English Exercise – Passive Voice

The passive voice is used very frequently in English, as it is used when the subject is unknown or doesn’t need to be mentioned. In fact, that last sentence was in the passive voice!

To form the passive voice, we put the verb to be into the tense needed, then we add the past participle.

 

For example:

Active voiceI made dinner tonight

Passive voiceDinner was made tonight

 

Active voiceI write an essay every week

Passive voiceEvery week, an essay is written

 

Active voiceHe will commit a crime

Passive voiceA crime will be committed

 

We also use the passive voice if we want to give the focus of the sentence to another subject. For example, if we say: The album was recorded by Oasis in 1999. This means that we are more interested in the album than the band.

Something which helps with IELTS Writing Task 1 could be the fact that we use the passive voice when describing a process.

E.g. The flour is poured into a bowl, then the sugar is added and mixed together.

 

Passive Voice

Make these sentences passive voice:

 

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Present Continuous Future

Most of the time, we use the present continuous to talk about actions that are happening at the time of speaking. However, it is also extremely common to use it to talk about the future. Not everything in the future, though!

We use the present continuous to explain things that are pre-planned.

Because we also use this tense to speak in the present, it is necessary to add a time reference when speaking in the future.

For example:

I’m taking the train (right now)
I’m taking the train next week (in the future)

We can also use them in the same sentence to refer to different times!

For example:

Kelly is attending a course right now and later she’s going to the cinema, so she won’t be free all day.

As you may know, we can also use ‘going to + infinitive’ instead of the present continuous to speak in the future tense.

For example:

Next week I’m visiting my parents
Next week I’m going to visit my parents

They mean the same thing!

The structure of the present continuous is relatively simple; we take the verb ‘to be’ (am/are/is) + verb + -ing.

To form the negative, we just add the word ‘not’ before the verb.

For example:

I’m going to the restaurant tonight/I’m not going to the restaurant tonight

As always in English, the question form is a little bit trickier. The verb ‘to be’ goes at the start of the sentence…

For example:

Are you joining us at the gym tonight?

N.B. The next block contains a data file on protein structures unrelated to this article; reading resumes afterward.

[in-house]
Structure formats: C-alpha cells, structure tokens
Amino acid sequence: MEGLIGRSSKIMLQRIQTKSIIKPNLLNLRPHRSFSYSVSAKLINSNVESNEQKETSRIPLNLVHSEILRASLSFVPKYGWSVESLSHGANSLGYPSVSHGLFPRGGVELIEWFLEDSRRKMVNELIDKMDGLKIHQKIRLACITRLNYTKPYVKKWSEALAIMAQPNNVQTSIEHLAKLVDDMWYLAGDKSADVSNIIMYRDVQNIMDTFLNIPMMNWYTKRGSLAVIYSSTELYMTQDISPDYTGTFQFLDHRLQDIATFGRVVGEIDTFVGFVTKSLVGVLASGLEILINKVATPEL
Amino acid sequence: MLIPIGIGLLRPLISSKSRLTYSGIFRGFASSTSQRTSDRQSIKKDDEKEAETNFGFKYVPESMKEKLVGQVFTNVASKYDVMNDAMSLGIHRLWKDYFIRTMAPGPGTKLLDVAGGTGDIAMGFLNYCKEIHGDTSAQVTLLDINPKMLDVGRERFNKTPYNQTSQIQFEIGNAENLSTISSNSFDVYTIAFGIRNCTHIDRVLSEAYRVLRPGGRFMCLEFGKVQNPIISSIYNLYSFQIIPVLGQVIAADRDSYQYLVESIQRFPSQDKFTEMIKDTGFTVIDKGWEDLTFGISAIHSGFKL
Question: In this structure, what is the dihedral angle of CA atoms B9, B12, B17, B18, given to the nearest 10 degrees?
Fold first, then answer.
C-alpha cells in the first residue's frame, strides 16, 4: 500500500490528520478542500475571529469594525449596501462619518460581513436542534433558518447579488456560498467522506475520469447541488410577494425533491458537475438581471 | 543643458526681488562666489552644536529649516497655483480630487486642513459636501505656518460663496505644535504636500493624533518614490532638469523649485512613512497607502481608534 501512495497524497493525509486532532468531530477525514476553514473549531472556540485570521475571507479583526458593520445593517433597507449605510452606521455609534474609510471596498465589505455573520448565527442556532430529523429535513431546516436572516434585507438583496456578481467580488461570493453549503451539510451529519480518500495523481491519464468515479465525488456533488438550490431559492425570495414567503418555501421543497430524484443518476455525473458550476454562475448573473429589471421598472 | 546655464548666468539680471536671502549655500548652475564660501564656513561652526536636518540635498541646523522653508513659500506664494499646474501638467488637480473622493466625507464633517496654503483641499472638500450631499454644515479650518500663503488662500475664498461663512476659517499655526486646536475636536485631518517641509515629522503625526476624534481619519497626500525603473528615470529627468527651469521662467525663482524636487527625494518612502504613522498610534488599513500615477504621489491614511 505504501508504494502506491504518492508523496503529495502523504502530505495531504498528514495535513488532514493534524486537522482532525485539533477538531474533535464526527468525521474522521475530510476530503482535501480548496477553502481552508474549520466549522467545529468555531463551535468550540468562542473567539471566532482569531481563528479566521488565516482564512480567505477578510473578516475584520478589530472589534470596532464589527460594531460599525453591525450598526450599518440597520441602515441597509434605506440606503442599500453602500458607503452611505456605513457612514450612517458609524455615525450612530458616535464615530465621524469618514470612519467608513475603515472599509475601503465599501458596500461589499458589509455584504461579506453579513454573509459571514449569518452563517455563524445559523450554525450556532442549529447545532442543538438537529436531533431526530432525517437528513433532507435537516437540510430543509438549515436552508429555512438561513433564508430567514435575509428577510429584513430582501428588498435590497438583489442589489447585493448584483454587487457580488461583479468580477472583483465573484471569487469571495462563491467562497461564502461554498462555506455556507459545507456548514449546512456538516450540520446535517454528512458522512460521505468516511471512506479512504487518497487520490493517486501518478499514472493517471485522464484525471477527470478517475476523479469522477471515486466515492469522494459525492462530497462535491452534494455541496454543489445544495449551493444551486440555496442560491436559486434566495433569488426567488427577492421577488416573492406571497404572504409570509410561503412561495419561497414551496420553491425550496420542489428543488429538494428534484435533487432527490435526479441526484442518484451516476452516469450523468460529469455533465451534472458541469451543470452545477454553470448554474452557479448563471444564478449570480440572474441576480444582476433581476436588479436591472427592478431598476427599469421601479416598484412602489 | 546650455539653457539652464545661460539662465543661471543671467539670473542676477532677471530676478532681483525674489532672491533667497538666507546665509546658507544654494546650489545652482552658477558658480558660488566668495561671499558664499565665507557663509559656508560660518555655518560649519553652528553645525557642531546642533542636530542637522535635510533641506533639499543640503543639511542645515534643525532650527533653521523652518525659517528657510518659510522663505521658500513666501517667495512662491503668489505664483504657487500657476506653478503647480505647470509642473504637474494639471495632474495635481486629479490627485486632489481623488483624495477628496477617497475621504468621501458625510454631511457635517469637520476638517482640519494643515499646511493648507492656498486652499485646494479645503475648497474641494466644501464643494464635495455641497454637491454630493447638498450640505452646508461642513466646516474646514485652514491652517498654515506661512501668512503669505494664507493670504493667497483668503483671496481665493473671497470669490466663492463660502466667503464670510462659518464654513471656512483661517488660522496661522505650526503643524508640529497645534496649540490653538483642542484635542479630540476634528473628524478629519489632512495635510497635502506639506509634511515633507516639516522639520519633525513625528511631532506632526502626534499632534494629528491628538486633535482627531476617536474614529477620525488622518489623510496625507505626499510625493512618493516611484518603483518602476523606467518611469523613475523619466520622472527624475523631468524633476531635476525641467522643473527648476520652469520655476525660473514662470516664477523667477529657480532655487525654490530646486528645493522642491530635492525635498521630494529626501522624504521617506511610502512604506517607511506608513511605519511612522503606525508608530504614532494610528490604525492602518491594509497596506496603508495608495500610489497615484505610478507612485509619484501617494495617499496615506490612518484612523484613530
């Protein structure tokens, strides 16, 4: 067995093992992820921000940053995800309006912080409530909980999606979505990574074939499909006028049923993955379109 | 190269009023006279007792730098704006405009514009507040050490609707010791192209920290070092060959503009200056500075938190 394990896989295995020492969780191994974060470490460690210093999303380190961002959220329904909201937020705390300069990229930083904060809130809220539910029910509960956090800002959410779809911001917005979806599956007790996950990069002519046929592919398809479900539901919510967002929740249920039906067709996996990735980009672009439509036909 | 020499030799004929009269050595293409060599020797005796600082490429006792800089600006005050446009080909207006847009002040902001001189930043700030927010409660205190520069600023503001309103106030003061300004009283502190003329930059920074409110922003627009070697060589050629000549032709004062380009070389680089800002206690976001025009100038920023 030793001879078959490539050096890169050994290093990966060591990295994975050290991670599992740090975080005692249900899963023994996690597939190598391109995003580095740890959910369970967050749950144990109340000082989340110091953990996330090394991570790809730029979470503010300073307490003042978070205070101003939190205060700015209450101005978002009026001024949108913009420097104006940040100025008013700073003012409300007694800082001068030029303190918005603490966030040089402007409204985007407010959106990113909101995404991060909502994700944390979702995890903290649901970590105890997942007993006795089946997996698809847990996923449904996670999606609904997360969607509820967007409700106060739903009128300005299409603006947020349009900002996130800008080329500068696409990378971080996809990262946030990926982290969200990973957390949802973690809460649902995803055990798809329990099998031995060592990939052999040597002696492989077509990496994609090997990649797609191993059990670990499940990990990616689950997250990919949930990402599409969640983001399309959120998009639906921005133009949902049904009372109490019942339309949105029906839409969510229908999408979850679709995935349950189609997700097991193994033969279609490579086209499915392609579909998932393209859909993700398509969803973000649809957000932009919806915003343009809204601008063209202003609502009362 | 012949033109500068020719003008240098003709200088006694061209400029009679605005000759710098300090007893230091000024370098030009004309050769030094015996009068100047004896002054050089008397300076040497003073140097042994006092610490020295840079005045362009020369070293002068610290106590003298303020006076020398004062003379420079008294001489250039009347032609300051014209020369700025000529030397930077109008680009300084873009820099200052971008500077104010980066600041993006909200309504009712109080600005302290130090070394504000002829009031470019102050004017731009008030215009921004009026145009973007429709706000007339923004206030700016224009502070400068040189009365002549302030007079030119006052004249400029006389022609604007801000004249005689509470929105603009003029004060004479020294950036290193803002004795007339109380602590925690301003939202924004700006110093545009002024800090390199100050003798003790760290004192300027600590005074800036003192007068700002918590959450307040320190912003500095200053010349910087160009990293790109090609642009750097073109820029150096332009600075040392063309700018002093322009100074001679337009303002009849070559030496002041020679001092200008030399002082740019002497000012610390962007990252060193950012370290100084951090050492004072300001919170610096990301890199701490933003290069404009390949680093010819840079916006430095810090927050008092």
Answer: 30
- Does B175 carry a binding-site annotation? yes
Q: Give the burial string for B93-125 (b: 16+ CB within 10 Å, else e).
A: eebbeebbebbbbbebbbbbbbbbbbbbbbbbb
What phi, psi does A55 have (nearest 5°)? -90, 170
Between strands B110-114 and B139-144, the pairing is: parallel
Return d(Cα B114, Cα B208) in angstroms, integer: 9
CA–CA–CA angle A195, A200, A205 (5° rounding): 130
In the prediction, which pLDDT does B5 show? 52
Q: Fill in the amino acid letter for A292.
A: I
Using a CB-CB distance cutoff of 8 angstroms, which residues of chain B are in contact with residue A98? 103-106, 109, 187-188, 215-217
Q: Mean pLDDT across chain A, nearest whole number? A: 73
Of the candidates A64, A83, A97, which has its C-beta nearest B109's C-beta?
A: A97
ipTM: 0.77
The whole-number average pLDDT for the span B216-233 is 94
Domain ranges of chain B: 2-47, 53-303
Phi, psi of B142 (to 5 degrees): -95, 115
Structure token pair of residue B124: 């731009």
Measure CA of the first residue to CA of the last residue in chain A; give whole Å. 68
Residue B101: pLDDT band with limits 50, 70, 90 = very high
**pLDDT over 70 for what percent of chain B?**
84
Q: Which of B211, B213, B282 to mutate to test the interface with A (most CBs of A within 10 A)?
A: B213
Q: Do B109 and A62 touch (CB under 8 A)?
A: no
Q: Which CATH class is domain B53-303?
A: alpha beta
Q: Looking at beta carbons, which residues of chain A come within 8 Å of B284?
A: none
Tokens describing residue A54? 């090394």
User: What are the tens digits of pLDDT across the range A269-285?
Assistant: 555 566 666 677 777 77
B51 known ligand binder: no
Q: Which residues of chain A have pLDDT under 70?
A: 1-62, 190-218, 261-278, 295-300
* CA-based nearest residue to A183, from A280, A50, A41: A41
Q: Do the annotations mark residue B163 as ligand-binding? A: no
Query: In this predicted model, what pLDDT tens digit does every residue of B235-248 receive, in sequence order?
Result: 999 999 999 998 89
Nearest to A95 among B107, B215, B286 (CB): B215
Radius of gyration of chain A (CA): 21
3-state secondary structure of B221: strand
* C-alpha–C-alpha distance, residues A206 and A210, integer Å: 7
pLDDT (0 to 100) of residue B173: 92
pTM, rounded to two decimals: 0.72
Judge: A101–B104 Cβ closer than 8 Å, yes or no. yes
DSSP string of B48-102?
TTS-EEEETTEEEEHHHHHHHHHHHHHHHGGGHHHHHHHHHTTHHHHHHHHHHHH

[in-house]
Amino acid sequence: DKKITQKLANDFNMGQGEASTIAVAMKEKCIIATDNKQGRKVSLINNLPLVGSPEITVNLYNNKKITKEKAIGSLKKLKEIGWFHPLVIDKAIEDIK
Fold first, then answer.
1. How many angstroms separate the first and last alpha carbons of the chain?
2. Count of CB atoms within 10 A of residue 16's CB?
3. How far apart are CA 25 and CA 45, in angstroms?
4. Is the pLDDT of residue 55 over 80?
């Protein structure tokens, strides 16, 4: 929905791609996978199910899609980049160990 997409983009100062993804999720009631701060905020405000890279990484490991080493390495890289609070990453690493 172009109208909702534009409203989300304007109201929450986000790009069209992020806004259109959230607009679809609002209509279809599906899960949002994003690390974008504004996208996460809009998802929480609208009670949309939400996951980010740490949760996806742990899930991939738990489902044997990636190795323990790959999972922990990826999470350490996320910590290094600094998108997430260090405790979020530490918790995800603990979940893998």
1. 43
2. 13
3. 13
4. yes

Is she coming to the party on Saturday?

As mentioned, the present continuous future is only used for planned events, or something you’re about to start doing (I’m going to bed, I’m going for a shower), so it would be impossible to use it with things you can’t predict.

For example:

It’s raining next month
My arm is hurting tomorrow

Unless you can control the weather or you plan on walking into a wall, of course!

So now you’ve learnt about the present continuous future, why not take our quiz and see how much you remember..?

Present Continuous Future Exercise

Complete the sentences with the correct form of the verb in brackets.

3rd Conditional – English Grammar Exercise

The third conditional is used when describing something that never happened, and then imagining the outcome of that situation.

The structure is: if + past perfect, would have + past participle

For example: “If she had studied, she would have passed the exam” (but she didn’t study, and therefore didn’t pass the exam).

The first action (If she had studied) did not happen. But if it had happened, the consequence would be that she would have passed the exam.

The 3rd conditional is relatively similar to the 2nd. However, the 2nd conditional describes something unrealistic or impossible in the present or future, the 3rd conditional refers to something that didn’t happen in the past.

For example:

“She wouldn’t have been tired if she had gone to bed earlier” (but she went to bed late, so she’s tired).

“If you hadn’t been late, we wouldn’t have missed the flight” (but you were late, so we missed the flight).

So now you’ve seen a few examples, why not test your knowledge with our quiz!

3rd Conditional exercise

Rewrite the sentences using the 3rd conditional

What do you think about the 3rd conditional? Do you find it easy or hard? Let us know what you think in the comments, and make sure to check out our other blog posts and English exercises!